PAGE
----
Is Xbox One Kinect still worth buying in 2022?
What happened to Kinect?
Microsoft's misunderstood audio-visual peripheral was, at one point, the fastest-selling consumer electronics device of all time, believe it or not, with over 10 million units sold during the first six months after its release. Of course, that was the Xbox 360 version, which was vastly inferior to the "V2" version available on the Xbox One and Windows PCs.
Despite the superior power of Kinect V2, a combination of poor messaging, bad positioning, and lackluster software support led Kinect V2 as an Xbox accessory down the path of obscurity, right into being killed off completely. The technology Kinect spawned lives on as part of HoloLens and Microsoft's partnered Windows Mixed Reality headsets, and Kinect has been used in a wide array of bespoke projects in various other industries. Where Kinect didn't shine, however, is with the Xbox One. That's not to say it was useless. It simply wasn't allowed to realize its full potential.
To even use a Kinect (second hand or otherwise), you need a pricey adapter (opens in new tab) for modern Xbox consoles that can be hard to find. However, there are alternative third-party adapters like this one (opens in new tab) that do seem to do the job. There are so many hurdles to overcome to get your hands on a Kinect that I'd argue it's not worth the effort.
Microsoft blundered when it launched the Kinect V2, bundling it with the Xbox One and driving up the total price. To bring that price tag back down, the Kinect was sacrificed. The stigma it generated probably led to decreased interest, and decreased usage led to developer abandonment. There's no reason to expect any new Kinect games to hit the platform any time soon, and the available ones aren't exactly show-stopping "must play" games. They can provide some fleeting entertainment, but I still don't think that makes recommending a Kinect worthwhile.
Why an Amazon Echo is better
Probably the best reason to get a Kinect right now is for the voice commands, allowing you to navigate the dashboard, control media, and even to use your TV with a proper setup. You can issue commands like "Xbox, play Battlefield 1," or "Xbox, turn up the volume," and you can turn up the functionality to 11 by enabling Cortana (while sacrificing some usability in the process).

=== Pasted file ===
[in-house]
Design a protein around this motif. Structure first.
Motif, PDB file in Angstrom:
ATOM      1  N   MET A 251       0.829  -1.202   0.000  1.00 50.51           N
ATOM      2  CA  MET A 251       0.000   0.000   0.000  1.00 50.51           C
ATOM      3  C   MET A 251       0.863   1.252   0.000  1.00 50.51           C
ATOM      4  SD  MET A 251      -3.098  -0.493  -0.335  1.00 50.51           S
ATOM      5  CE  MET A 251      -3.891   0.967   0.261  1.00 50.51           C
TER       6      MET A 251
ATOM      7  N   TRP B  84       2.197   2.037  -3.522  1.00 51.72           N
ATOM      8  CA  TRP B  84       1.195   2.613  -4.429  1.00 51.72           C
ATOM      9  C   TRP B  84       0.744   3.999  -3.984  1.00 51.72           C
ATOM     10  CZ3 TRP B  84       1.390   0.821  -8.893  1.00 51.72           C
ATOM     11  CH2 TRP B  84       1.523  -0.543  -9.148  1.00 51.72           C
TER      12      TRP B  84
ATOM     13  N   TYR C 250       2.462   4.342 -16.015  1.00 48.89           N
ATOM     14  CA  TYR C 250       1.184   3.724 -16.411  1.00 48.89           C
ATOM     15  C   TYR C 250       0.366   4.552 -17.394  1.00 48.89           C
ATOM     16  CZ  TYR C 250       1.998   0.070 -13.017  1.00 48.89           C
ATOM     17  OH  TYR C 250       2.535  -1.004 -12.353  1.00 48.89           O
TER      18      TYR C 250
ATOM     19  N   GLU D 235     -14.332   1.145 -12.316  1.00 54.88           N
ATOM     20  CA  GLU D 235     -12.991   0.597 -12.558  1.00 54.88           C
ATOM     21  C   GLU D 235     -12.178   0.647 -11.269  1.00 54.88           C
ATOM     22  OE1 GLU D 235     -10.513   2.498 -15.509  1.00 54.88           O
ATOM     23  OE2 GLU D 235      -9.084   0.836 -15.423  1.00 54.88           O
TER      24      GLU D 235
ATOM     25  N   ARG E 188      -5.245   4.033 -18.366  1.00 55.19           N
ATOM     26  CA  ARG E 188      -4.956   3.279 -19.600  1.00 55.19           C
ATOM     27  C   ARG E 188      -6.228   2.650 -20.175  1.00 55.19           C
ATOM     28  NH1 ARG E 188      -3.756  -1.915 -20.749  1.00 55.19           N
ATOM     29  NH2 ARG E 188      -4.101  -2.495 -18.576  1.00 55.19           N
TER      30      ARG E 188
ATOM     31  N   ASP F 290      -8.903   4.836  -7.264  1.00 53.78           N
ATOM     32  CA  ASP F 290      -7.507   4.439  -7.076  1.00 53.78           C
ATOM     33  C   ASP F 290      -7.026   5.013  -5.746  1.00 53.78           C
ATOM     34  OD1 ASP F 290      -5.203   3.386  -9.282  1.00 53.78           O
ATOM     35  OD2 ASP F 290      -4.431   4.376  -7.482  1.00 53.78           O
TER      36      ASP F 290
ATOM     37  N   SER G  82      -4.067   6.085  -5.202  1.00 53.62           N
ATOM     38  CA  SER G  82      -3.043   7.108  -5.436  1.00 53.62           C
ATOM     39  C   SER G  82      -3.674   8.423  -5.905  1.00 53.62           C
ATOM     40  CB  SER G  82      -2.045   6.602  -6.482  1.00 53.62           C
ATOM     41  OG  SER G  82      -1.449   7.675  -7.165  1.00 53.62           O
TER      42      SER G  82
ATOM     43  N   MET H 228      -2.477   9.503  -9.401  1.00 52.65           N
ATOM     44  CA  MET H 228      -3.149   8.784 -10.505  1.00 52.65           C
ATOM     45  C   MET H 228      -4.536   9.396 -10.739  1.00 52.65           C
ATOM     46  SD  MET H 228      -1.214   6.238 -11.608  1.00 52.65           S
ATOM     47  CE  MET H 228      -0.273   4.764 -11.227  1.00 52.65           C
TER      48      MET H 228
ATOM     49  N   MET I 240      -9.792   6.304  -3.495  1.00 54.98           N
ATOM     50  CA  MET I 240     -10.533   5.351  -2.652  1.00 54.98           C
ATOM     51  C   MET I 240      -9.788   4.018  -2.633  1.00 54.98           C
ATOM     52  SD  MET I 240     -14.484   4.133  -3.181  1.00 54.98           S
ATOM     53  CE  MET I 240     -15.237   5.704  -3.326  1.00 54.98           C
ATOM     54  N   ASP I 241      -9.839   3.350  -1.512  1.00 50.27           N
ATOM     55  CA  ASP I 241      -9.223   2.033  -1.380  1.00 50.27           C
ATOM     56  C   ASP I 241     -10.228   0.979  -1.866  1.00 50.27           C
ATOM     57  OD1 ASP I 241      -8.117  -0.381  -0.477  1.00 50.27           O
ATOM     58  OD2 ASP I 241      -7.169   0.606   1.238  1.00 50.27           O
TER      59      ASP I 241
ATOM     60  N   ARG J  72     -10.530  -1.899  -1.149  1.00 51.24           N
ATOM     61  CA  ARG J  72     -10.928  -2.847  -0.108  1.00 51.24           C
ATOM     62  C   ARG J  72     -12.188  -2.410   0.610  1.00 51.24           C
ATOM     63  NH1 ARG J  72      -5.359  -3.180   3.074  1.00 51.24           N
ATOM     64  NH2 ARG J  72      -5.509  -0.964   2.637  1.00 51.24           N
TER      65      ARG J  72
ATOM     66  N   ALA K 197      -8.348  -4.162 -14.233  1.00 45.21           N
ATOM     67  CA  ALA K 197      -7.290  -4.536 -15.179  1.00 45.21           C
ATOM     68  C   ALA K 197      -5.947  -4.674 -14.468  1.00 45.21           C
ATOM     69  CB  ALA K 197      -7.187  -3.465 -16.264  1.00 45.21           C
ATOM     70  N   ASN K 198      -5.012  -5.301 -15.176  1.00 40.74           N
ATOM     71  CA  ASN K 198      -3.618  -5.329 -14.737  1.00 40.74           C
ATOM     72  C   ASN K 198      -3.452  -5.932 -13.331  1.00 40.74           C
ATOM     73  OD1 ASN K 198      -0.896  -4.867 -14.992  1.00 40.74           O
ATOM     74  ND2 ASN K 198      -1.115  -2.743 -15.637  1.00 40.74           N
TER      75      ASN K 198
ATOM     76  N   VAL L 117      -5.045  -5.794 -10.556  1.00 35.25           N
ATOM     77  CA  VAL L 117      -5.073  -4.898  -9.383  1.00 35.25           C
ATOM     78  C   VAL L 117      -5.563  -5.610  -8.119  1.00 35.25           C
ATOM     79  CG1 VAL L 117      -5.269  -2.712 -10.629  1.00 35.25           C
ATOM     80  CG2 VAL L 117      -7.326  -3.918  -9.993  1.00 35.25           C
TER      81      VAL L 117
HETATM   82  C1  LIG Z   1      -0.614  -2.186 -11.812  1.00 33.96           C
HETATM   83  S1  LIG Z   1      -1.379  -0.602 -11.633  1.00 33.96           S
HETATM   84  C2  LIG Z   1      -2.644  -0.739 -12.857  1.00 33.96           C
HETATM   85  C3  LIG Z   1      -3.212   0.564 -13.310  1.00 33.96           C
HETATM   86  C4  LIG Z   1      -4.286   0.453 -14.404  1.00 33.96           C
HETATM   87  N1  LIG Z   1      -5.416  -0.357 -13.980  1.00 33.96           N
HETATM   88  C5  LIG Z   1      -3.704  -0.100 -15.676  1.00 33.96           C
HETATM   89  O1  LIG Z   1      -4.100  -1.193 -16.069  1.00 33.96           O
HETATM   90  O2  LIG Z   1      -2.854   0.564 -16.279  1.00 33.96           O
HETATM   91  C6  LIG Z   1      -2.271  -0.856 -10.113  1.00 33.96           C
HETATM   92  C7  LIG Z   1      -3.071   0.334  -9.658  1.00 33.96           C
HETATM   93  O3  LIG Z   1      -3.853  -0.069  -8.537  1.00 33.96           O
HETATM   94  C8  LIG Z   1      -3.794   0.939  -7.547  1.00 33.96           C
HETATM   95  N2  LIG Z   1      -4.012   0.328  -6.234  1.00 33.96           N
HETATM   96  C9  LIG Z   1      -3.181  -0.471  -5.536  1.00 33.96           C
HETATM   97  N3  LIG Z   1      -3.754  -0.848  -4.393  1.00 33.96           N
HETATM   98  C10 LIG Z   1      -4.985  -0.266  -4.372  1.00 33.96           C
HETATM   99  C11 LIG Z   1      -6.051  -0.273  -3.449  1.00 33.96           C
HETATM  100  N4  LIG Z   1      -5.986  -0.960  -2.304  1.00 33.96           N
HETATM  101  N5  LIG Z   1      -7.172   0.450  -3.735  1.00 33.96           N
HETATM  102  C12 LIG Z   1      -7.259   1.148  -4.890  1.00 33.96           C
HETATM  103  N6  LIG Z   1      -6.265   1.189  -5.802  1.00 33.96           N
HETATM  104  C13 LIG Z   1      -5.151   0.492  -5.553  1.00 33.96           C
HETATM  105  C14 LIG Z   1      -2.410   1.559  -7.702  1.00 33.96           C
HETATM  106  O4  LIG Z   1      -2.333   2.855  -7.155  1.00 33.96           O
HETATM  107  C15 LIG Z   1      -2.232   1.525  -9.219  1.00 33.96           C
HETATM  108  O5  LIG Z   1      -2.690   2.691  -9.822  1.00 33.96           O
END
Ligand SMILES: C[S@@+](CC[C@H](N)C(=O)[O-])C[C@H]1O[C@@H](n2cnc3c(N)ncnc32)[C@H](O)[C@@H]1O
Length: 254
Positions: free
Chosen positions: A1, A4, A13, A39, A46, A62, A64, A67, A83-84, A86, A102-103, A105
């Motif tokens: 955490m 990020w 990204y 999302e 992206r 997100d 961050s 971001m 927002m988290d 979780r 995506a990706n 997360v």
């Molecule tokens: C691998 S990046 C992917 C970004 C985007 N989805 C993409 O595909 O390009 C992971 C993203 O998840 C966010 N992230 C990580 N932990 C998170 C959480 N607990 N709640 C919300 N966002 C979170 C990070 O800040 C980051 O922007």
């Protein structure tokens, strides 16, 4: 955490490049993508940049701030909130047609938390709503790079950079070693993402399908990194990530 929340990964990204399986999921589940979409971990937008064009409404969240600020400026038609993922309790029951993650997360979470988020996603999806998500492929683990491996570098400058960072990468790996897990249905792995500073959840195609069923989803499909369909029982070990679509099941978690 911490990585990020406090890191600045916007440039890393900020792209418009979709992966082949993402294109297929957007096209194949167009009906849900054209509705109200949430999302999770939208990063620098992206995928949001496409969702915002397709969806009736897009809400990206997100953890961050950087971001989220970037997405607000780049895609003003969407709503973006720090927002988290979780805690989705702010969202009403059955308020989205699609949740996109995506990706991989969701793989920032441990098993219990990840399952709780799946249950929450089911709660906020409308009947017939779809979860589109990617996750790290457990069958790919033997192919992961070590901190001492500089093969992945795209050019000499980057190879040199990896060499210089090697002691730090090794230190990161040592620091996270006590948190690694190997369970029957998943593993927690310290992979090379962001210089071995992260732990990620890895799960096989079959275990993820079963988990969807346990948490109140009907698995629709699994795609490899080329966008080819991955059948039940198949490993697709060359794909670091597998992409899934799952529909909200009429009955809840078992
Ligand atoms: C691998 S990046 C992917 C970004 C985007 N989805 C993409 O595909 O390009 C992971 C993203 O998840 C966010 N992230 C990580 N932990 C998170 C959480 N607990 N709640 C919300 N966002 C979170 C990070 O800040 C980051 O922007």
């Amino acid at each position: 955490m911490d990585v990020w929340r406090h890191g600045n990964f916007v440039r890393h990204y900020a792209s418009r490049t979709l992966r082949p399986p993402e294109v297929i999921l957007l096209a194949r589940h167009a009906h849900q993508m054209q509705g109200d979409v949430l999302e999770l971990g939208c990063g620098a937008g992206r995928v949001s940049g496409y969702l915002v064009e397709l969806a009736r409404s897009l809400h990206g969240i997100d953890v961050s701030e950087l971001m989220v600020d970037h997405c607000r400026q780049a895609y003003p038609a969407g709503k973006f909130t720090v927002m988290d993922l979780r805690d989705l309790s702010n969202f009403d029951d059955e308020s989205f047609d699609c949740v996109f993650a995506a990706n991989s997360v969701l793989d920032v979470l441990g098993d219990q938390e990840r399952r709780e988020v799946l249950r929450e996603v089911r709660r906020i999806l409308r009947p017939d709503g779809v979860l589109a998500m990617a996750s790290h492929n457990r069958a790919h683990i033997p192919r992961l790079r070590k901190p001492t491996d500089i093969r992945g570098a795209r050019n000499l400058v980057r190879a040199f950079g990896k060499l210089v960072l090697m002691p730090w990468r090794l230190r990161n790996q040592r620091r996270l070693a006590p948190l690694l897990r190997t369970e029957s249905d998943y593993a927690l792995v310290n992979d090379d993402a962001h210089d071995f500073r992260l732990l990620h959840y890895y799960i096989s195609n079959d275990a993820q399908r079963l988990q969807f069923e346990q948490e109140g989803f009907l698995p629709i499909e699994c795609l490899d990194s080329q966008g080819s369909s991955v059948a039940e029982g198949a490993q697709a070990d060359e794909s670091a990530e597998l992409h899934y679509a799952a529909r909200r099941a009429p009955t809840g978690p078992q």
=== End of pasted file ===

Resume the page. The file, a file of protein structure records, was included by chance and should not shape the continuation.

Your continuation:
Activating Cortana or Amazon Alexa integration will allow you to issue more complex commands like "What's the weather like?" and "What is my friend Dave doing?" You can even do things like set and receive reminders, and enjoy the vast majority of Cortana features that are available on Windows 10. That said, she is sadly unresponsive compared to the stock Xbox voice commands that are enabled by default.
Ultimately, Kinect will enhance your Xbox media viewing experience by giving you access to voice commands, providing you set up the microphones correctly. It doesn't always work, of course, and it can be a little frustrating if it fails multiple times, but when it's gone, I will miss it.
The thing is, the cheaper, more versatile, and crucially, supported Amazon Echo can do all of the same stuff. Amazon Echo devices are cheap (opens in new tab), and have far, far more voice features than Kinect. Cortana speakers like the Harman Kardon Invoke can also achieve the same effect, but Microsoft's support of Cortana-based hardware hasn't exactly been reassuring.
What about Kinect's IR blaster?
The Xbox One S and Xbox One X come with an IR Blaster as standard, meaning that they can send signals to your TV to control volume and power, but if you're using the original Xbox One, you could grab a Kinect to get that functionality. However, it's a pretty costly option. You can add IR blaster functionality to your Xbox One with an IR dongle as cheap as $7 (opens in new tab).
Get yourself an Echo
At this point, it simply does not make a whole lot of sense to buy a Kinect. You'll be much better off with an Amazon Echo.
Get those voice commands back
With Kinect thoroughly dead (and requiring an unavailable adapter to use on modern Xbox consoles), you should consider picking up an Amazon Echo instead to control your media experience. The Dot is the cheapest of the Echo line.
Jez Corden is the Managing Editor for Windows Central, focusing primarily on all things Xbox and gaming. Jez is known for breaking exclusive news and analysis as relates to the Microsoft ecosystem while being powered by caffeine. Follow on Twitter @JezCorden and listen to his Xbox Two podcast, all about, you guessed it, Xbox!
If I can pick one up on Amazon for $45, I will do so. I miss it from my 360. When we got the One, my son was 4 at the time, was shouting commands at it, and wondering why it wasn't working, lol. He was just getting big enough to play some games with it too, and I'm sure he'd still like to. If I could use it to track my daughter and let me know when she climbs onto the dining room table when I'm not looking, THAT would be the best use of the tech!
Can I move it to my new Xbox one X?
I think you're gonna need the adapter that was needed for the One S. I plan on contacting support when I get mine to see if I can wrangle a free adapter out of them. They did say ALL my peripherals would work with the One X